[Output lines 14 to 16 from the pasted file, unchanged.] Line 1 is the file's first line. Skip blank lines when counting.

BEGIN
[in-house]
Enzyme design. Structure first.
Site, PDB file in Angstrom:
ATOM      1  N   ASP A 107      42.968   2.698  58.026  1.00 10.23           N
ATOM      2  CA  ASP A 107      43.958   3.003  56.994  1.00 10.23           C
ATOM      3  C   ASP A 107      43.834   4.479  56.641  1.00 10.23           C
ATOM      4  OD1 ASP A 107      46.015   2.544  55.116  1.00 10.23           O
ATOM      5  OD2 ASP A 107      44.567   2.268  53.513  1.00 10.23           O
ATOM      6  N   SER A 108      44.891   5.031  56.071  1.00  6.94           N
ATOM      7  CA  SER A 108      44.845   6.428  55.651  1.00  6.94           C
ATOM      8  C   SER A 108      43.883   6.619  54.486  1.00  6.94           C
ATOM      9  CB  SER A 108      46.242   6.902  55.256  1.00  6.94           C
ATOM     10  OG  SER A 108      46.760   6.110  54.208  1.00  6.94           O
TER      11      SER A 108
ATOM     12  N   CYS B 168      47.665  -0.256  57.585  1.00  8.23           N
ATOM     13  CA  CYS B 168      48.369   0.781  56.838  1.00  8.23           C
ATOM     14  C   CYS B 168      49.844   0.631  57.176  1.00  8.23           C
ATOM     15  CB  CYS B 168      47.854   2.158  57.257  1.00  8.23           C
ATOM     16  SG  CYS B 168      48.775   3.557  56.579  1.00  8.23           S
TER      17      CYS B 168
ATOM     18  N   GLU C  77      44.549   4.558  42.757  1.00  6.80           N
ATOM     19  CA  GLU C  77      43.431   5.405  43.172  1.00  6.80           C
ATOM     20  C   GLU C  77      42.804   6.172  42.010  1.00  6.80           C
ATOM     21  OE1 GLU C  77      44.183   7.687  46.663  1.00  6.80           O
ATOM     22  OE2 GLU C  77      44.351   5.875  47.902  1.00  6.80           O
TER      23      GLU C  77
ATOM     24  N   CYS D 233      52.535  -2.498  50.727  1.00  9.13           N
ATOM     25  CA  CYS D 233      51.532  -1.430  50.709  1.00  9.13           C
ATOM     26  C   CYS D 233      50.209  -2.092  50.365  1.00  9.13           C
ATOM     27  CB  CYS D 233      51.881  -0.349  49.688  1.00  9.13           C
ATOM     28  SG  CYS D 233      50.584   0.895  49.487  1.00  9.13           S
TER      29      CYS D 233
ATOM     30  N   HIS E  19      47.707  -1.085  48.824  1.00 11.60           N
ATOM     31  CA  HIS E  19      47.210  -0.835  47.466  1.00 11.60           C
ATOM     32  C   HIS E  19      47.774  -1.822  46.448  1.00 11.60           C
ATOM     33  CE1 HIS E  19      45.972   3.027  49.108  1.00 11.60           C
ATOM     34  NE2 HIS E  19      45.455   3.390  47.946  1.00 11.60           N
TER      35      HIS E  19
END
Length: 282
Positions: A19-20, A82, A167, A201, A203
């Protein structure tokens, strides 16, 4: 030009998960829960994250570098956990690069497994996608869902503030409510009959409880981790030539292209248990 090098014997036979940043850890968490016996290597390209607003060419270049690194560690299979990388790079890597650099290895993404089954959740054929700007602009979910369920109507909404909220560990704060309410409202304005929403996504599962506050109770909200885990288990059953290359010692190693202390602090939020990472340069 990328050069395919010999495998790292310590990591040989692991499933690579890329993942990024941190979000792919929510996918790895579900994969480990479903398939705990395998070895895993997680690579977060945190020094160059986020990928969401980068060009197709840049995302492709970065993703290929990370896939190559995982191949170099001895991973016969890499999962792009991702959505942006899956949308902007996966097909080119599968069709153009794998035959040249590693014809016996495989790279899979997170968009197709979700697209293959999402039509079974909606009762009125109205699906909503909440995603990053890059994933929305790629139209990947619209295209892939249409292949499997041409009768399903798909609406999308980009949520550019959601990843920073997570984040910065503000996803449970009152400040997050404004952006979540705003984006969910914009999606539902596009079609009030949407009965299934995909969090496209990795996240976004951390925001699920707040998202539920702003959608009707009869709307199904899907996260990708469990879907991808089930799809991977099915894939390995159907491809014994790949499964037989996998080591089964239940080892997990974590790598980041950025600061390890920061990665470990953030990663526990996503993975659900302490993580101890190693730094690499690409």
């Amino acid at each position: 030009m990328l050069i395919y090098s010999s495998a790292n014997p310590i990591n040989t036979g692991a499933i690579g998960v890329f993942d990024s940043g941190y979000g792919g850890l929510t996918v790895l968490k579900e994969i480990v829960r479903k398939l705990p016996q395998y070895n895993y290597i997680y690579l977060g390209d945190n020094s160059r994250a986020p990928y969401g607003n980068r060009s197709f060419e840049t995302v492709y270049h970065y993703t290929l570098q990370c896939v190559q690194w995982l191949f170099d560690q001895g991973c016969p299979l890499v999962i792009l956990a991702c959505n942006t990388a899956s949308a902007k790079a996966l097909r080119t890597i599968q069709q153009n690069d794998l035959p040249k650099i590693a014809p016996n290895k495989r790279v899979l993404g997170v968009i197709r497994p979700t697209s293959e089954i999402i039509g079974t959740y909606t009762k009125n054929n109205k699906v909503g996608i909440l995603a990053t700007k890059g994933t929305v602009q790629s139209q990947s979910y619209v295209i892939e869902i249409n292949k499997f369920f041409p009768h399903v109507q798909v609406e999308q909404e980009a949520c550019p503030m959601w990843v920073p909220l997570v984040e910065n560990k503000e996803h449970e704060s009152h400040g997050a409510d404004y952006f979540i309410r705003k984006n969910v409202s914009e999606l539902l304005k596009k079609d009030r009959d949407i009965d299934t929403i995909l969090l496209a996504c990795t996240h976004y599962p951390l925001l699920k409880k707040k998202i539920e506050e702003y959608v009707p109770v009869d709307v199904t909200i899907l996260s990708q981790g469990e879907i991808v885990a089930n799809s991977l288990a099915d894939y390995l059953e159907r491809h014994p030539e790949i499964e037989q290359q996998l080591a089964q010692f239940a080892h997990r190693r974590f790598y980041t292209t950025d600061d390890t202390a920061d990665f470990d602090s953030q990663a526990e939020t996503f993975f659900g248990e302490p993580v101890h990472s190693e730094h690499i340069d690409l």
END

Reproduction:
TER      11      SER A 108
ATOM     12  N   CYS B 168      47.665  -0.256  57.585  1.00  8.23           N
ATOM     13  CA  CYS B 168      48.369   0.781  56.838  1.00  8.23           C